The two Foreign Ministers will also be together in Moscow later in September and a meeting could take place between them. The good news is that there is agreement that talks are key to resolving the tensions between the two countries. Speculation is that India planned its move on the border, anticipating the Moscow meetings.

 

As for the second aspect of the Indian strategy, the strengthening of our defence capacity, India seems to be doing well. Delivery of vital military supplies from different suppliers has been accelerated. In addition, there is considerable international support for India, particularly from the United States. The “Quadrilateral” consisting of the US, Japan, Australia and India is showing signs of revival as a bulwark against Chinese domination of the Indo-Pacific. The Chief of Defence Staff has said that the “QUAD” must ensure freedom of navigation and freedom of navigation operations in the Indian Ocean. He also spoke of the possibility of a combined challenge from Pakistan and China at this time.

 

The unconditional support to India extended by the US Secretary of State Mike Pompeo was diluted by President Donald Trump with his offer of mediation using his favourite word, “nasty” to describe the India-China standoff. If the US condemns the Chinese incursions in the first place, it is unconscionable to offer mediation. Of course, neither India nor China would welcome the offer, but the offer itself places the US as impartial in the situation.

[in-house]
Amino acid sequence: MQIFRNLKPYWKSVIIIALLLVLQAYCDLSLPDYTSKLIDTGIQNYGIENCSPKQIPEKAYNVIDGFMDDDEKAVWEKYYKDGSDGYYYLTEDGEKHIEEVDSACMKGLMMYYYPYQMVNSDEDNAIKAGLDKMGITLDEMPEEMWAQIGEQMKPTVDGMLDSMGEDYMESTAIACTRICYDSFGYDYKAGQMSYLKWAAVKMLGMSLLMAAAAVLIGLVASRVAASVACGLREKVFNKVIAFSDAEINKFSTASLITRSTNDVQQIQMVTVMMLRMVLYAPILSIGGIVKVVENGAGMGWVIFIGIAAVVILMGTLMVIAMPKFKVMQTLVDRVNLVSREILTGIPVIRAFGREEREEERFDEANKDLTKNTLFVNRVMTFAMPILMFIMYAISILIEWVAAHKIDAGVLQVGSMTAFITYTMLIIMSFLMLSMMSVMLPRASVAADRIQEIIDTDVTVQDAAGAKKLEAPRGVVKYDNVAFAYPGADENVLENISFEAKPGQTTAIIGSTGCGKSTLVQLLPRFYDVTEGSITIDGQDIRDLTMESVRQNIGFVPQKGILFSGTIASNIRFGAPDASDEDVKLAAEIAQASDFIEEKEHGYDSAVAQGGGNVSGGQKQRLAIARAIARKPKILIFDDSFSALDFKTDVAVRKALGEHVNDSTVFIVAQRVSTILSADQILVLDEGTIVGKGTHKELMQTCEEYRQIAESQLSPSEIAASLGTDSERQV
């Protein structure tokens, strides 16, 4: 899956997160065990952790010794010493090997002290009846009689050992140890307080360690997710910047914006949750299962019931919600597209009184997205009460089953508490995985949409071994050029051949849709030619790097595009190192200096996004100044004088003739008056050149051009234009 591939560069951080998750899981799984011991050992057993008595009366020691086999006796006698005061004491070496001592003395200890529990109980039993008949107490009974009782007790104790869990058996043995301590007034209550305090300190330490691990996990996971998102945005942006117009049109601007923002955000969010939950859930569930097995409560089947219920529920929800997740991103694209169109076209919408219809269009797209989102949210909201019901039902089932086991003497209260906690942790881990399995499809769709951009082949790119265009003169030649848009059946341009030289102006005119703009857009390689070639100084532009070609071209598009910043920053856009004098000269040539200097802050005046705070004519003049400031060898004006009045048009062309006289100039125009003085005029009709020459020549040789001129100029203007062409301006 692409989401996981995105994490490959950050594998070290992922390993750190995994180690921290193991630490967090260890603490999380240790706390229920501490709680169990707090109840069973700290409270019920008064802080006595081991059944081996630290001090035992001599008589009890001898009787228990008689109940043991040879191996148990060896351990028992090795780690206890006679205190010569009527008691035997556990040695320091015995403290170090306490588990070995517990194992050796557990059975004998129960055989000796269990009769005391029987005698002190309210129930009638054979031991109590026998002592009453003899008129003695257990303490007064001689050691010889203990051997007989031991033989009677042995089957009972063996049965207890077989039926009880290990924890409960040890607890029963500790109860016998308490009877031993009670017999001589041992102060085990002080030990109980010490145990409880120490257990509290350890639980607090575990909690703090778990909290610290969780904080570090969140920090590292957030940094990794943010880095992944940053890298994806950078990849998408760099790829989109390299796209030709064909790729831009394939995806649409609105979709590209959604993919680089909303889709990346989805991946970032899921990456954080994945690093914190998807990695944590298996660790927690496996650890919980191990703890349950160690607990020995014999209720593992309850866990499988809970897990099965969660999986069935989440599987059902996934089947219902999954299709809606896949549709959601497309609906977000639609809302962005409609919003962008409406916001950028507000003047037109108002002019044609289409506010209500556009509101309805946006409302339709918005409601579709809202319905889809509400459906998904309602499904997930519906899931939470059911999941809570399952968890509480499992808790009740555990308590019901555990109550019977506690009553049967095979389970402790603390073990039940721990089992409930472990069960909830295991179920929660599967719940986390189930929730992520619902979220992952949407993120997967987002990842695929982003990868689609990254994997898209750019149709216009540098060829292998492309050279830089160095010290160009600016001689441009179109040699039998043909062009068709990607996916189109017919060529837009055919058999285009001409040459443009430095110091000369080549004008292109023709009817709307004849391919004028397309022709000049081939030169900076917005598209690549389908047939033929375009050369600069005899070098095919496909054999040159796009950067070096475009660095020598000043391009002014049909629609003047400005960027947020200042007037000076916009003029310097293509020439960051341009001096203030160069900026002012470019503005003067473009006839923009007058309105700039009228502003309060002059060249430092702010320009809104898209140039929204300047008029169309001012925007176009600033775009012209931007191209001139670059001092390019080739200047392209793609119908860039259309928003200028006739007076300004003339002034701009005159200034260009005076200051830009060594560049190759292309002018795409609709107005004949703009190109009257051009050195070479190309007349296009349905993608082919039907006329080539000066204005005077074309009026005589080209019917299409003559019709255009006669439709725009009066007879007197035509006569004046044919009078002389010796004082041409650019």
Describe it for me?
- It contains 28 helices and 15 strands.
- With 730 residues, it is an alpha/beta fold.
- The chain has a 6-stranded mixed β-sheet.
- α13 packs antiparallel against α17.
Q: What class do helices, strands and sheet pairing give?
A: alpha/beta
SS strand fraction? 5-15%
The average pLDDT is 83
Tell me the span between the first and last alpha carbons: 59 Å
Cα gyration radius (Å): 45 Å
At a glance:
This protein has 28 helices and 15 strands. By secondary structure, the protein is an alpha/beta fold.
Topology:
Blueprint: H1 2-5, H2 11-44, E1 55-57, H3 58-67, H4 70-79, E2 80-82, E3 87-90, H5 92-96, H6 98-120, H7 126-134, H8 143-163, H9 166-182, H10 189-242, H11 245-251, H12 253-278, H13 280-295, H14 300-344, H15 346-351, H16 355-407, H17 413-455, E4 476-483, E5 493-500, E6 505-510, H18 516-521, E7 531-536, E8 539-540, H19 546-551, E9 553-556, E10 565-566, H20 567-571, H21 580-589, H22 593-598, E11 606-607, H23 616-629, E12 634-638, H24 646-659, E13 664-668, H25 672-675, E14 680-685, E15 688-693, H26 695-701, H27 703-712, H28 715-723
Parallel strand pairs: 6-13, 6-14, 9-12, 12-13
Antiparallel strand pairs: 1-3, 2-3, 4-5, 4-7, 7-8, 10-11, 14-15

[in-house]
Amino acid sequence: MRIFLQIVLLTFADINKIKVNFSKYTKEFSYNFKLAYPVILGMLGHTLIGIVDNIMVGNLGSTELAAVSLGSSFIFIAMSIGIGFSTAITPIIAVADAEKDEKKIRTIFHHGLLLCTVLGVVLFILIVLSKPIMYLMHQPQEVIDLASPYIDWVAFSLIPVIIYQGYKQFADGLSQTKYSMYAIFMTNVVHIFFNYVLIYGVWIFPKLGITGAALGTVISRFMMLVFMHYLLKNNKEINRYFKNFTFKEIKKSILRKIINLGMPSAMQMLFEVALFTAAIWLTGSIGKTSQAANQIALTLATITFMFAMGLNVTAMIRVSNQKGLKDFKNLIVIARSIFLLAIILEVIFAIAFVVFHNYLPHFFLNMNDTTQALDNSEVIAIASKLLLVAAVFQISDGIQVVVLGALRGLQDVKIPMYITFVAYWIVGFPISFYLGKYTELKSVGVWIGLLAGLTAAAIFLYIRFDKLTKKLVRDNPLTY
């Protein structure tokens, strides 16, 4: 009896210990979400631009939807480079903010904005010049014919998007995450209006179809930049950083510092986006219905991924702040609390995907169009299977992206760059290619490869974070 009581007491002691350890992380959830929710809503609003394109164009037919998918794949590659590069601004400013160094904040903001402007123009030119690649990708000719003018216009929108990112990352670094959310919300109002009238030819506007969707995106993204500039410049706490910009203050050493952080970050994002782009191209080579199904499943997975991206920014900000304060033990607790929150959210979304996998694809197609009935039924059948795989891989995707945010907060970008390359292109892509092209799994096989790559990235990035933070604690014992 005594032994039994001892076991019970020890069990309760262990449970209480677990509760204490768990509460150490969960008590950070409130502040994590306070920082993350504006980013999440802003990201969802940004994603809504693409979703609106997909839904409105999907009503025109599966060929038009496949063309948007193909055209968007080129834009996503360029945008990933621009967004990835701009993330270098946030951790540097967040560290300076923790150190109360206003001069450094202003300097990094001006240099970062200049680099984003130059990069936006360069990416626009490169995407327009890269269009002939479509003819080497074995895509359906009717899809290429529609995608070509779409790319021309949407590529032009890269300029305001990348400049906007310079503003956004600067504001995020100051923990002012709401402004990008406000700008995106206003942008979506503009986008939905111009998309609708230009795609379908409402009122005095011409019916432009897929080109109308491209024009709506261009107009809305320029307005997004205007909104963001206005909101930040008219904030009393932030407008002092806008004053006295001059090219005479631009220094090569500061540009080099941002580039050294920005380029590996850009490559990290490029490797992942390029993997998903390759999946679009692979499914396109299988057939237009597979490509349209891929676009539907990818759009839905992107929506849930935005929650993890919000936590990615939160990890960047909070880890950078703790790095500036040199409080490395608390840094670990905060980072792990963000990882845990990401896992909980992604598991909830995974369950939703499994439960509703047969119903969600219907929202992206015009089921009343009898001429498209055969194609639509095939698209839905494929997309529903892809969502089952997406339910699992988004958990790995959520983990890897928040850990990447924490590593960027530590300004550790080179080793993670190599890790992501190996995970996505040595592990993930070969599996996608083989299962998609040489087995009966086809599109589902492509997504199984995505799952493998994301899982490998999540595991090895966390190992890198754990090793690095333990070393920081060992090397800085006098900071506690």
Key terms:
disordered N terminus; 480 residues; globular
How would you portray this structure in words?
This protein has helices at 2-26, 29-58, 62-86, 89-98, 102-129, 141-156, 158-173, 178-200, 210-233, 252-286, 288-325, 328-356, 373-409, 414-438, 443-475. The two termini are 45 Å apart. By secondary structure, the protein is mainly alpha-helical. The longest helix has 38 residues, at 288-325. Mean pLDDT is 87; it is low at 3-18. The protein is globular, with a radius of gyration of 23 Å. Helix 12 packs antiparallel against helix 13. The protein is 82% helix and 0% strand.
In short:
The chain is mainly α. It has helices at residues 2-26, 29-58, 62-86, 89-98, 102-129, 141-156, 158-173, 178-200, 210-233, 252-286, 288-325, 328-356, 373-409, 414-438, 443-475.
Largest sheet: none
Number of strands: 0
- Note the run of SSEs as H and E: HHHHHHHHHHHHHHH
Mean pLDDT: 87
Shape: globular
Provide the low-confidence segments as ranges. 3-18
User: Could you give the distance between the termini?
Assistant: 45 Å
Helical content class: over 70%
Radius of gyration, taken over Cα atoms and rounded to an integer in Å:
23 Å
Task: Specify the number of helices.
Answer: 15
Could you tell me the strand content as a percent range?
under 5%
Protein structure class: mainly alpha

The third strategy of India is economic, but here again, India’s options are limited. The banning of 224 Chinese apps in three instalments must have crippled the Indian market for these Chinese products, but the damage will not be serious enough to change the Chinese policy towards India. Anything more fundamental on the economic front is likely to hurt our telecommunications and pharmaceutical industries. In any event, a trade war is not planned.

 

The deployment of a unit of India’s Special Frontier Force (SFF) on the southern bank of the Pangong Lake is a new development the Chinese are viewing with concern. SFF was drawn from the Tibetan exiles in India as the country’s covert warfare force. They have been waiting to take on the Chinese, but because of our policy not to antagonise China, we have been refraining from using them within 10 kms of the LAC, but this time, we let them go and also announced their presence. The SFF staged a ferocious attack to occupy the new positions, which changed the game on the LAC. The Commander of the lead SFF company, Tenzin Nyima, was killed by a landmine the Chinese had laid in anticipation of the likely Indian movement in the area. Another soldier has also been reported killed. But the Indian side has not acknowledged these deaths and the body is said to have been kept unceremoniously by the Tibetans. The Chinese have already accused India of using the Tibetans as “Cannon fodder.”

 

The situation on the LAC and its environs is grave and there is no sign of a solution before winter, which means that India has to keep our troops on the move at a very high cost even if shots are not fired. The greater balance in the situation achieved by the most recent Indian moves may help in breaking the Chinese resolve and if the pressure on China in Taiwan, Hong Kong and South China Sea increases, it may even end the adventure. Even for China, fighting on several fronts may be a grave challenge in these COVID-19 days.

 

Disclaimer: The views expressed in this article are personal.